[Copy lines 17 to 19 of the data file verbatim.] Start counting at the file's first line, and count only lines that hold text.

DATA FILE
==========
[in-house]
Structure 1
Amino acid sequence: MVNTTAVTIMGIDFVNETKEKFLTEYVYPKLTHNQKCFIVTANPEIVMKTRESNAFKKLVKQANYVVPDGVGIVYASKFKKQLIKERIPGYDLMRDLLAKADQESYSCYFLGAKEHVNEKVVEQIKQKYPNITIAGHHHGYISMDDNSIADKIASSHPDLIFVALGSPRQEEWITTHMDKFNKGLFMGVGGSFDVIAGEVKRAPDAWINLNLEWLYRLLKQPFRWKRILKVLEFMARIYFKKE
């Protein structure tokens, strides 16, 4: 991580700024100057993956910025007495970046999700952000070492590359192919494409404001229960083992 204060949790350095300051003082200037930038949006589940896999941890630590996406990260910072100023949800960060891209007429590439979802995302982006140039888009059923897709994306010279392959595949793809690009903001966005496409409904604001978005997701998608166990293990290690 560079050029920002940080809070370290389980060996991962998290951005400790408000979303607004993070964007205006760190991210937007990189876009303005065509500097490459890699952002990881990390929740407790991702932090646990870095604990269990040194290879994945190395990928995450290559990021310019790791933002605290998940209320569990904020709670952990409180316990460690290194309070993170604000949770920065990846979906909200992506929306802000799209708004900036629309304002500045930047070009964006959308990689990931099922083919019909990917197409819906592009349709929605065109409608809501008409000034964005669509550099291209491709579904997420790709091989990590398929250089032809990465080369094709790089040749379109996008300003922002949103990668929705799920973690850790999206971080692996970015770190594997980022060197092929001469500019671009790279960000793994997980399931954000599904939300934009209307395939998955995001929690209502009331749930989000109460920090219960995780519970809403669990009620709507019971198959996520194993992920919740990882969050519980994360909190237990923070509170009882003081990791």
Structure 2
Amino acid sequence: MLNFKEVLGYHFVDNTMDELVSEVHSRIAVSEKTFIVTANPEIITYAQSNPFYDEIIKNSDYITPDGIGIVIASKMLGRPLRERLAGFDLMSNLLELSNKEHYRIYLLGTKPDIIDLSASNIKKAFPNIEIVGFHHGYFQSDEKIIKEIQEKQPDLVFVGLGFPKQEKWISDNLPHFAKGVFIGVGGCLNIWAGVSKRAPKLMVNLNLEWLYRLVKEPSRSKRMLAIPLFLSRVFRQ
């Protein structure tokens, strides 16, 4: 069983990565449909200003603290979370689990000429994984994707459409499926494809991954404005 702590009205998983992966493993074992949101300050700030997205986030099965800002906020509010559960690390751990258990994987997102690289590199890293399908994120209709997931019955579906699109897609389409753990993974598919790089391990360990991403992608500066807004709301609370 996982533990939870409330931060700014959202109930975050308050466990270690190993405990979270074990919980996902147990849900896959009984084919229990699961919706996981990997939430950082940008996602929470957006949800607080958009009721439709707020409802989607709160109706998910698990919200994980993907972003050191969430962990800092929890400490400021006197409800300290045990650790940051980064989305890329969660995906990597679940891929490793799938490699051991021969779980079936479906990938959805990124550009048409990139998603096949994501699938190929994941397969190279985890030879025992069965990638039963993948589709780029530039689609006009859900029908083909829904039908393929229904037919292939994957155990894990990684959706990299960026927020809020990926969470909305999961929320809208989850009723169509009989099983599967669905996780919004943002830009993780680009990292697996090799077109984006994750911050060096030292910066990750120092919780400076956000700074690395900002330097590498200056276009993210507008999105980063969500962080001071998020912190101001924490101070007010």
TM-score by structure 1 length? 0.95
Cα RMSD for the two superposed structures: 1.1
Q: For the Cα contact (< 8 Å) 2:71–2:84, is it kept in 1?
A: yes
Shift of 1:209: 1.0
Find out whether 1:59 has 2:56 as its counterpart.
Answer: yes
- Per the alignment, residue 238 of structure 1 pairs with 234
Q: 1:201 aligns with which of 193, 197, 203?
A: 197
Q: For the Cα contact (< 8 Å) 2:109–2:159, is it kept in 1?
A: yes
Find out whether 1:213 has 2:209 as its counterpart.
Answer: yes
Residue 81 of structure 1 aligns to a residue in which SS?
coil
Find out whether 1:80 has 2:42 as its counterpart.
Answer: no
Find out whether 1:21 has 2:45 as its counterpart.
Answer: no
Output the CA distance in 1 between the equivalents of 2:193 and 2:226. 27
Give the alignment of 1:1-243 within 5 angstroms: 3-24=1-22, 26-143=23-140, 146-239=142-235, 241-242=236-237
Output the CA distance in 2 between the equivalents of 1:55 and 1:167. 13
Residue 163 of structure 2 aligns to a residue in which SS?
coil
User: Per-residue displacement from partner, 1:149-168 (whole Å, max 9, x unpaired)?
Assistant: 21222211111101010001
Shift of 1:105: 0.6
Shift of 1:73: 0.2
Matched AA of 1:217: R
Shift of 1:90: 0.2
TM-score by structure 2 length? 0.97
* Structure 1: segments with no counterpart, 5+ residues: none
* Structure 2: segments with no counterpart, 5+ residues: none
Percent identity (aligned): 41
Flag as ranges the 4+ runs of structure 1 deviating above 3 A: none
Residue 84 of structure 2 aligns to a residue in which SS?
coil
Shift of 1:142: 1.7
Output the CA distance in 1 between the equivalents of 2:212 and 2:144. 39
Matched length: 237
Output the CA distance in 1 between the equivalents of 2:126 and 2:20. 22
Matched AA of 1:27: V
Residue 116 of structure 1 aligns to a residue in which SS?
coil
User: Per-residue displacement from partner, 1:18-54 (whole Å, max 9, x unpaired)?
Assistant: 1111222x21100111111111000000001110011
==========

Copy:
A: 197
Q: For the Cα contact (< 8 Å) 2:109–2:159, is it kept in 1?
A: yes